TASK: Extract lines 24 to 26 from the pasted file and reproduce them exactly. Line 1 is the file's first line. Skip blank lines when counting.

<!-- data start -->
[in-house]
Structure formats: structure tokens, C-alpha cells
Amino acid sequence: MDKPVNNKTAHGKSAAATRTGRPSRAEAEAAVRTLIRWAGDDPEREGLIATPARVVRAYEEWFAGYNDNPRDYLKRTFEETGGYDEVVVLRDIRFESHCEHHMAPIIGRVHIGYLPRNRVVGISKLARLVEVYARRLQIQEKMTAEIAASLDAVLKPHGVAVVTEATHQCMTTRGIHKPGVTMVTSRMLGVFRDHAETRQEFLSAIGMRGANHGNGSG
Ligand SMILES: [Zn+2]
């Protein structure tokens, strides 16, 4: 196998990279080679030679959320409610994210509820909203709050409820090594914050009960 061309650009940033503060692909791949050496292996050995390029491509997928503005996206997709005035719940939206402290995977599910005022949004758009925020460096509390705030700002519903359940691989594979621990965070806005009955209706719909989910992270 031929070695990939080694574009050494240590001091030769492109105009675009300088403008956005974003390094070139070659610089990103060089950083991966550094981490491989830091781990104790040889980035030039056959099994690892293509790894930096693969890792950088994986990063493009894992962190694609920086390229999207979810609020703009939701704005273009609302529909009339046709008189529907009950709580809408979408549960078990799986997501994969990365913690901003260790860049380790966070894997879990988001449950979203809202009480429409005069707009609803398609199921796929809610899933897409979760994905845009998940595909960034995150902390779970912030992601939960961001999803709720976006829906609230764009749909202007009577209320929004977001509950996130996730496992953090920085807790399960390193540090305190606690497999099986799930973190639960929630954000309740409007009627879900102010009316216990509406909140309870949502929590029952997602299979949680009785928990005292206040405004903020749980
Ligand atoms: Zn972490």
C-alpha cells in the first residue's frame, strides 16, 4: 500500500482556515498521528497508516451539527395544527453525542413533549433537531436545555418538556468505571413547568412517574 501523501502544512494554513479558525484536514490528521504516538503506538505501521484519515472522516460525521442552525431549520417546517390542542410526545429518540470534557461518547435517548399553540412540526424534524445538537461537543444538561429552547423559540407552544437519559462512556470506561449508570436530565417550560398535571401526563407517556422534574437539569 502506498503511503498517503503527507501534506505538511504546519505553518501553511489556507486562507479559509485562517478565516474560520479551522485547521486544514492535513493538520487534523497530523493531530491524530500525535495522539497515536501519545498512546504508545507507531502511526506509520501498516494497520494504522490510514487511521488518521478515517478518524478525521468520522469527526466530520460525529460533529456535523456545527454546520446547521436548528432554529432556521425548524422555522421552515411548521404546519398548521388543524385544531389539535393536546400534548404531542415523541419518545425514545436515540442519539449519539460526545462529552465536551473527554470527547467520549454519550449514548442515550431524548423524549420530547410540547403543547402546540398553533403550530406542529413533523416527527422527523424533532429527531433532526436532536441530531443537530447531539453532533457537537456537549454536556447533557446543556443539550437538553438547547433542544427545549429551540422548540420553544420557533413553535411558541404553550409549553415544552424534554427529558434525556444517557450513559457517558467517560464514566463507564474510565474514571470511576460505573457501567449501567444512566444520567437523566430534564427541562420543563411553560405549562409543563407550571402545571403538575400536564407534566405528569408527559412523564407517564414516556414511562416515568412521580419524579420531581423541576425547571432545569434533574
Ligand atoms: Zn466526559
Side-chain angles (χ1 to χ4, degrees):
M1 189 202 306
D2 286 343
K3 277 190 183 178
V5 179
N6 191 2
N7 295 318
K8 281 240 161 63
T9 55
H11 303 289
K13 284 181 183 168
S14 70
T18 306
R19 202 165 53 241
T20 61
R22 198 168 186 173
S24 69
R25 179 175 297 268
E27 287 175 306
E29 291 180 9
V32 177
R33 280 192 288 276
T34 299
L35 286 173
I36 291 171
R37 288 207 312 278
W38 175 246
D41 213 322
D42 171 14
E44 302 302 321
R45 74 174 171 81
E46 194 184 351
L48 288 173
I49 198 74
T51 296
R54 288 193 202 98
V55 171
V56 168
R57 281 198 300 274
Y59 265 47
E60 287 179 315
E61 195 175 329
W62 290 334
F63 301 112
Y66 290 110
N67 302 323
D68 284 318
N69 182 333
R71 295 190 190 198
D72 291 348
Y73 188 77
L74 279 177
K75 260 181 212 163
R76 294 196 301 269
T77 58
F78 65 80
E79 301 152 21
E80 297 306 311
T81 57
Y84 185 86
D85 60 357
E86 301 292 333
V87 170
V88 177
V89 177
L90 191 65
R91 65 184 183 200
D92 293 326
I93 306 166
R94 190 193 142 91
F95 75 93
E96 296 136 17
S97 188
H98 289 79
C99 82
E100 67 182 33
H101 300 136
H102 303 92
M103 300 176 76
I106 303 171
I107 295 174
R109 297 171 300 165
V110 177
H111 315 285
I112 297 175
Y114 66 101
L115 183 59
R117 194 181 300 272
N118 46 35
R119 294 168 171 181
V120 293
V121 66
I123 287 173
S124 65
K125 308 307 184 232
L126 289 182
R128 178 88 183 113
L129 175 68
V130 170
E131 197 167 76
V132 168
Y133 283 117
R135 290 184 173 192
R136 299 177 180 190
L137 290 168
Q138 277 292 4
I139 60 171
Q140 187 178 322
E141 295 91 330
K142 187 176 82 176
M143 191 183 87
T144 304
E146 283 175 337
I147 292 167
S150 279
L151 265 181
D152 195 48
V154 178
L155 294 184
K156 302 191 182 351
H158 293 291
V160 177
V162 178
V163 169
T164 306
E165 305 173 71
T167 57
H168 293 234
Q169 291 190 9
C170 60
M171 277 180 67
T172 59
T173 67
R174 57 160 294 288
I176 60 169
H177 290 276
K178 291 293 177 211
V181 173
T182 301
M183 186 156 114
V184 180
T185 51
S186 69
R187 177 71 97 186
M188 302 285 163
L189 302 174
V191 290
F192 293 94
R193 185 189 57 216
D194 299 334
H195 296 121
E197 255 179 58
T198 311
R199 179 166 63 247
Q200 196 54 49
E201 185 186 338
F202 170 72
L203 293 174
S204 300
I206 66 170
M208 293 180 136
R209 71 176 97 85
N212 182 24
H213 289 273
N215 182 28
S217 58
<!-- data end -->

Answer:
R22 198 168 186 173
S24 69
R25 179 175 297 268